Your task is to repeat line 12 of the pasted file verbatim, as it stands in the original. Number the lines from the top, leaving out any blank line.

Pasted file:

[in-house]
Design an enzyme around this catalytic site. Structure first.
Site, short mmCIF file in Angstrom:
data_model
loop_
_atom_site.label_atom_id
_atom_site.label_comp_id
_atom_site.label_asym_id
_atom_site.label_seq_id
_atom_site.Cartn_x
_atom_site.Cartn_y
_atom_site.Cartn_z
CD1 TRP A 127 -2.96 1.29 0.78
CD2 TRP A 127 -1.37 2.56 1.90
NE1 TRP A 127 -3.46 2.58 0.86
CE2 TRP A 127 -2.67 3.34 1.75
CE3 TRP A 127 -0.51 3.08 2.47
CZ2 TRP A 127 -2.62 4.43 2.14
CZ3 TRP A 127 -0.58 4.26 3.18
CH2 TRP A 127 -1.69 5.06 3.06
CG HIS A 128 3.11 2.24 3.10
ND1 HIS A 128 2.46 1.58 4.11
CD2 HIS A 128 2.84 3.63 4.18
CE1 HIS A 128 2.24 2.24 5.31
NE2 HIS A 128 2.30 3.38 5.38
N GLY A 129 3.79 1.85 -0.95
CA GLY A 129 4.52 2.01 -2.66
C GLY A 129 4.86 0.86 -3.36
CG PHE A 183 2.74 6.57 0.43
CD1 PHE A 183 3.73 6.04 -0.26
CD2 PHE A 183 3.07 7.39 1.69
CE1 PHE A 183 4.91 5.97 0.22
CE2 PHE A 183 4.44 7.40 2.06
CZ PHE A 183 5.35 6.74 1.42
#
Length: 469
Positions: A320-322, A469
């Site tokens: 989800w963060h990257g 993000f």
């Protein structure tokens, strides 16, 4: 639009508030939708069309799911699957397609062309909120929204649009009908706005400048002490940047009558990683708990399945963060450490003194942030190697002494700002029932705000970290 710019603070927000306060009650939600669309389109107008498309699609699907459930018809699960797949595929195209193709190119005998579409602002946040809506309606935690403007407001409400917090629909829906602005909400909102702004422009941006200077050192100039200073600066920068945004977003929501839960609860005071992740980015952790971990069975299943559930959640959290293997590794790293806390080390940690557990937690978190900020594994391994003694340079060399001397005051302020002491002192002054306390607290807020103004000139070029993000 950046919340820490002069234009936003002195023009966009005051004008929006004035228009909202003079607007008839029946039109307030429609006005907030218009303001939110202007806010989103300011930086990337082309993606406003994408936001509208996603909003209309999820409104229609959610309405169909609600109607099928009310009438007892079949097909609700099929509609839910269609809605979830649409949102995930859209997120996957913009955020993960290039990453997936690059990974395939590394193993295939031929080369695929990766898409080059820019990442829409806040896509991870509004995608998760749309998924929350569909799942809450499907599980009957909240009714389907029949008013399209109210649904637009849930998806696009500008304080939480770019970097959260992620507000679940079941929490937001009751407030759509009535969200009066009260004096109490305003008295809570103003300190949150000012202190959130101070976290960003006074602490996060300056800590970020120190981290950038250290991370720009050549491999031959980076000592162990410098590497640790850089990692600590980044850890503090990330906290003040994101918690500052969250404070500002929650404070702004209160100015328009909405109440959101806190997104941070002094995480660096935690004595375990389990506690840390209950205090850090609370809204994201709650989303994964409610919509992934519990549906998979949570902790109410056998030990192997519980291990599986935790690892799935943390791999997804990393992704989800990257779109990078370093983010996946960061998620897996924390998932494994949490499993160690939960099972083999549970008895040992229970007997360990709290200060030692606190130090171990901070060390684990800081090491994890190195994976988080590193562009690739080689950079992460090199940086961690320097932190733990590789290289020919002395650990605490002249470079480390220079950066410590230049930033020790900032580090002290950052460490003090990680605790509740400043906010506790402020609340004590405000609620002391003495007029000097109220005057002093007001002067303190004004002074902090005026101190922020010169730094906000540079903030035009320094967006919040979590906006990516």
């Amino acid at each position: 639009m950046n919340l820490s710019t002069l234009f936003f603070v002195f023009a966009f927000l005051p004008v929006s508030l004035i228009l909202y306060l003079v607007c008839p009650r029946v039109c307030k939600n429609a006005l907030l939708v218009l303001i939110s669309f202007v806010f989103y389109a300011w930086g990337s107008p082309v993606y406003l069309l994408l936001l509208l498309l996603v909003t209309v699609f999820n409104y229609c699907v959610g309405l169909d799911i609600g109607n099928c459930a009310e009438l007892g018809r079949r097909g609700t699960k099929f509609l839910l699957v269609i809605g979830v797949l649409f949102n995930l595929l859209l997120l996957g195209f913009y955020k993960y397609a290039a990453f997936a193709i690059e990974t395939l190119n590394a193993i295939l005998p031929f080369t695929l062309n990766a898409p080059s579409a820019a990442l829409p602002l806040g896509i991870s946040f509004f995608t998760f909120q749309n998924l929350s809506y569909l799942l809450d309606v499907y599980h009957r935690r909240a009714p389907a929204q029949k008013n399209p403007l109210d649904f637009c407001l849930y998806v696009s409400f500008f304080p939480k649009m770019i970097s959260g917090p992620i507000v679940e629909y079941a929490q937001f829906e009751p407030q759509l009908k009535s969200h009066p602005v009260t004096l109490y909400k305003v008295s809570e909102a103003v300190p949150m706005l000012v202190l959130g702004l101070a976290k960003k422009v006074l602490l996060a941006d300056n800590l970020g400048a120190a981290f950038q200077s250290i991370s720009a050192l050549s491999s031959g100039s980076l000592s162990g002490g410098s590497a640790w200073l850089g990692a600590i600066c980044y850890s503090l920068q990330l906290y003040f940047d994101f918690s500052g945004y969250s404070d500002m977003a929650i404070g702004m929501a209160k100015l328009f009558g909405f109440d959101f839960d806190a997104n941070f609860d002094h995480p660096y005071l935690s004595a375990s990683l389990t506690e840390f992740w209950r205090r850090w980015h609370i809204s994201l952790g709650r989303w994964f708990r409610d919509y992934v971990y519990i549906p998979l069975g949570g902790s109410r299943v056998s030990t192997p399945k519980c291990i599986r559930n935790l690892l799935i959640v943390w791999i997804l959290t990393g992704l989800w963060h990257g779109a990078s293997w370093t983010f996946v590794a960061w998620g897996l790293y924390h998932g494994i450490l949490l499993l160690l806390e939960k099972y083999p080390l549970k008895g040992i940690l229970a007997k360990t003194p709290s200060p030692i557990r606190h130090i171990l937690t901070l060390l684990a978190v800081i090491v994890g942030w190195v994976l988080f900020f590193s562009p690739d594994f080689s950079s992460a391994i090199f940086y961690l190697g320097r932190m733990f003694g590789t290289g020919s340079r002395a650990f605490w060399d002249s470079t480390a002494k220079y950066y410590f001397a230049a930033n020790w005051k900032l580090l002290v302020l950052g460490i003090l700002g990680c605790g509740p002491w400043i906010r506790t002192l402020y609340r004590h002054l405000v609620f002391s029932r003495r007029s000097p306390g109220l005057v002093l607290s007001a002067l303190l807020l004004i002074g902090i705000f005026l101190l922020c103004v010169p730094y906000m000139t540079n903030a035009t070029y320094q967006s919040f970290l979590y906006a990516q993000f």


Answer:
_atom_site.Cartn_z